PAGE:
The Palm Beach Story

The Palm Beach Story

Claudette Colbert

in The Palm Beach Story

.. Preston Sturges, son of a wealthy American family, served in the Air Force in World War I and invented a kissproof lipstick before turning to writing comedy during the 1930’s. (What else might one do after inventing a kissproof lipstick?) Sophisticated satire was his specialty and he found his greatest success when he started directing his own scripts during the early 1940s. (Readers of CV may have noticed the oft repeated thesis that a disproportionate number of the most successful films result when the writer and the director are the same party.)

In this prime period, Sturges turned out a series of fast talking, fast moving, slapstick laced movies starting with The Great McGinty, which, according to our favorite critic, Anthony Lane, was the first time in the history of talking movies that a writer directed his own material. "Sturges talk," says Lane, "is (a) bewildering balance: on the one hand, a chin-up, all-American assumption that dreams are right there within reach, like apples; on the other, a slightly alien cynicism toward such rosiness, and a heavy hint that the fruit, once tasted,may prove not to have been worth the plucking."

In The Palm Beach Story we meet Claudette Colbert, the charming, if spoiled, wife of struggling architect, handsome Joel McCrea. Never for a minute do we believe they don’t love one another, but Colbert decides to divorce McCrea and use her charms to access greater financial resources. She heads for Palm Beach, at the suggestion of a taxi driver, and proceeds to have a series of adventures which explore hilariously the ways that even a hint of sex can be turned into real assets.

There is a famous scene on the train heading south where a group of wealthy hunters, The Ale and Quail Club, get thoroughly soused, shoot up the train, and go rampaging through the Pullmans with their bird dogs. CV admits to finding this sequence a tad too broad and, as well, to finding the racist jokes to be more discomforting than funny. One line from Valee: "They always get the best of you." Times and sensibilities change.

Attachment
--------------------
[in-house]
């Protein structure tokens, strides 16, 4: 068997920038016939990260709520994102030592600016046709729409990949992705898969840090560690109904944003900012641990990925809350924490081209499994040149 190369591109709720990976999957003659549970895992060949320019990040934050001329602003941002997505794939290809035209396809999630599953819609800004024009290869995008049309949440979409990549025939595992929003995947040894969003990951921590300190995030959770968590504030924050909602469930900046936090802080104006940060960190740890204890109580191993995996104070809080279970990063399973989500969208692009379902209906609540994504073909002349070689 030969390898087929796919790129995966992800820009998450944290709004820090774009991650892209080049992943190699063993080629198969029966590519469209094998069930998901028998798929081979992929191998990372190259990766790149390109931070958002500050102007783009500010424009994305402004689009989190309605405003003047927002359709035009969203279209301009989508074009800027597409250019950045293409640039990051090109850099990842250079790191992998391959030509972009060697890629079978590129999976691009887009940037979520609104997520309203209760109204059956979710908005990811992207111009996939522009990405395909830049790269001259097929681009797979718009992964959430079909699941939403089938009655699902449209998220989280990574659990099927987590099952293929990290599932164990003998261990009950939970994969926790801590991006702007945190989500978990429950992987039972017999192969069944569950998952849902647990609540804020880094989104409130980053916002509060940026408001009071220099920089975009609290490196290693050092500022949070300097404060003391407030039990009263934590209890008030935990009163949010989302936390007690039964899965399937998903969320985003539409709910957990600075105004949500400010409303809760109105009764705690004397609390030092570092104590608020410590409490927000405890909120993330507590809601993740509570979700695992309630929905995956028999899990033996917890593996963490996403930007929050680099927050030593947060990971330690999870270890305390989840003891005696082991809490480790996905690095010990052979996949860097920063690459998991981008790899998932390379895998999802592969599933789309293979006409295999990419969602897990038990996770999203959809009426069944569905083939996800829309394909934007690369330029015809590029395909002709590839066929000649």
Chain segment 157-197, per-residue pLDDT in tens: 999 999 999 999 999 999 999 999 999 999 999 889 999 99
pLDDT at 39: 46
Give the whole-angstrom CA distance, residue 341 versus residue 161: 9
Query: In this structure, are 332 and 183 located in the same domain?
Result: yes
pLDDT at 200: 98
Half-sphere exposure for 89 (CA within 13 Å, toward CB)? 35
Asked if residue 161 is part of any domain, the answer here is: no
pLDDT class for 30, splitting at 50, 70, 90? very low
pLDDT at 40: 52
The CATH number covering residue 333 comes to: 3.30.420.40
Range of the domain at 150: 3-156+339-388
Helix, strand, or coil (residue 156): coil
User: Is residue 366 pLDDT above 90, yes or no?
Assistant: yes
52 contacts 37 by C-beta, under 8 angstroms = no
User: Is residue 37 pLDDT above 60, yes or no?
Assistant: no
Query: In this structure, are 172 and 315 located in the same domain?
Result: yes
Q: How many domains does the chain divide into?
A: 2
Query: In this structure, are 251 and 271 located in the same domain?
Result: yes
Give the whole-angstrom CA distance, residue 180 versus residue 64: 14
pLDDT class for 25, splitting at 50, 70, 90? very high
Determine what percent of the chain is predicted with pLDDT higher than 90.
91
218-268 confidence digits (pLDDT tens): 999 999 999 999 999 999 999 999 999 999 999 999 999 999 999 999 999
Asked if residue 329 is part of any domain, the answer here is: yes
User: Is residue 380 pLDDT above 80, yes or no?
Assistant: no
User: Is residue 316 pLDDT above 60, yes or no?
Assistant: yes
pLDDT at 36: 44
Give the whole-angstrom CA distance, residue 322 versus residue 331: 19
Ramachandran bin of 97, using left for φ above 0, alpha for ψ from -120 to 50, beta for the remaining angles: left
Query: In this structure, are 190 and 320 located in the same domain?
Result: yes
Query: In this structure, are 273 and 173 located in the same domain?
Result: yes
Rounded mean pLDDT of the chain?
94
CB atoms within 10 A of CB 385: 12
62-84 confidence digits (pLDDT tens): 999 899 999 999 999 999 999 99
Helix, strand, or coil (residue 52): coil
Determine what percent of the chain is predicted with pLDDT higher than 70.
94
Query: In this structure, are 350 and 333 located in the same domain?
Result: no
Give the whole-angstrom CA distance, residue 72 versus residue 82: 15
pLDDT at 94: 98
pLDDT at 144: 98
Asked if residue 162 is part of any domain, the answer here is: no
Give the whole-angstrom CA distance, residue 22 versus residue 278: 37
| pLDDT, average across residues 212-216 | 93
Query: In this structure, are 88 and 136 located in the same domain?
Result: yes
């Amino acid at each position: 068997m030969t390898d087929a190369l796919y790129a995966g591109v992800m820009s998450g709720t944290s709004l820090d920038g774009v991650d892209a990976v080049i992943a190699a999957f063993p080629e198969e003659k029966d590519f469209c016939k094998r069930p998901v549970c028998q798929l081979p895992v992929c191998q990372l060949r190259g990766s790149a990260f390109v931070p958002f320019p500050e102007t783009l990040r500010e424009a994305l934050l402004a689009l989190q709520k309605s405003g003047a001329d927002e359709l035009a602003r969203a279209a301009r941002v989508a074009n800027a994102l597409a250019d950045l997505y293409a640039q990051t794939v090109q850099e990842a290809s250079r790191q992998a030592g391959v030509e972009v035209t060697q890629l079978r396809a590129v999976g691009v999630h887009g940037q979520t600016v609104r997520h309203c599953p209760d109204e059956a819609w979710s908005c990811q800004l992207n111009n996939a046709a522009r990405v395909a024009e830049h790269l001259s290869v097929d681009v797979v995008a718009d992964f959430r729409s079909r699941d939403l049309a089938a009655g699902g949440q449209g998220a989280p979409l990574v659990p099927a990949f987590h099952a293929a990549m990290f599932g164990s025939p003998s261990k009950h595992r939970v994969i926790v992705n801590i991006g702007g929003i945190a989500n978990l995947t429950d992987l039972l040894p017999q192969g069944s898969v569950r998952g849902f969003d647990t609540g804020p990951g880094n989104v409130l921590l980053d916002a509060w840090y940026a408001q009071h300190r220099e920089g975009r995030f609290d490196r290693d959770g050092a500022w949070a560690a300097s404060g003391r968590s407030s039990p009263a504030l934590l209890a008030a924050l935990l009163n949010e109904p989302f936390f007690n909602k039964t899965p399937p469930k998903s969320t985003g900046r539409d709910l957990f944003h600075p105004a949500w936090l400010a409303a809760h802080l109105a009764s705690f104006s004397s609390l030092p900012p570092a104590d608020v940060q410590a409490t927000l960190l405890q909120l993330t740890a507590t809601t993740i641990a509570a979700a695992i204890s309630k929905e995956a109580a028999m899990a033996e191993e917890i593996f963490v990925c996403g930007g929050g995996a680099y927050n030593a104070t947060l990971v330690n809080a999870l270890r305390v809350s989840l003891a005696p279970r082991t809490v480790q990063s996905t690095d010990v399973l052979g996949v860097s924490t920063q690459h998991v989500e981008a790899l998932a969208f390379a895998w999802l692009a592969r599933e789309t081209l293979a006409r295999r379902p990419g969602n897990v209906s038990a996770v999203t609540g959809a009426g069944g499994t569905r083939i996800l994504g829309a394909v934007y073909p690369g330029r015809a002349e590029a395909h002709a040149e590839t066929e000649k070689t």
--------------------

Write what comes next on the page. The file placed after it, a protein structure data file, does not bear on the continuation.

But the story never bogs down and, once our couple meet again in Florida, connecting with Rudy Valee and Mary Astor as an amusing wealthy brother/sister team, the lines come fast and furious. "Chivalry is not only dead, it’s decomposed" is an often quoted classic, but there is one bit of dialogue that epitomizes the cynical wit of the entire piece:

Colbert, who spills out the fast lines with breathless facility and perfect timing, says at one point to McCrae: "Don’t you know that the greatest men in the world have told lies and let things be misunderstood if it was useful to them? Didn’t you ever hear of a campaign promise?"

Some things, it seems, never change.

Arthur Lazere


San Francisco ,
Mr. Lazere founded in 1998 and worked tirelessly to promote its potential as a means for communicating a distinctly personal yet wide-ranging selection of arts reviews. Under his leadership, the site grew in esteem as well as in “circulation", and is well-regarded nationally and internationally as a source for up-to-date, well-written criticism. Arthur passed away on September 30, 2006.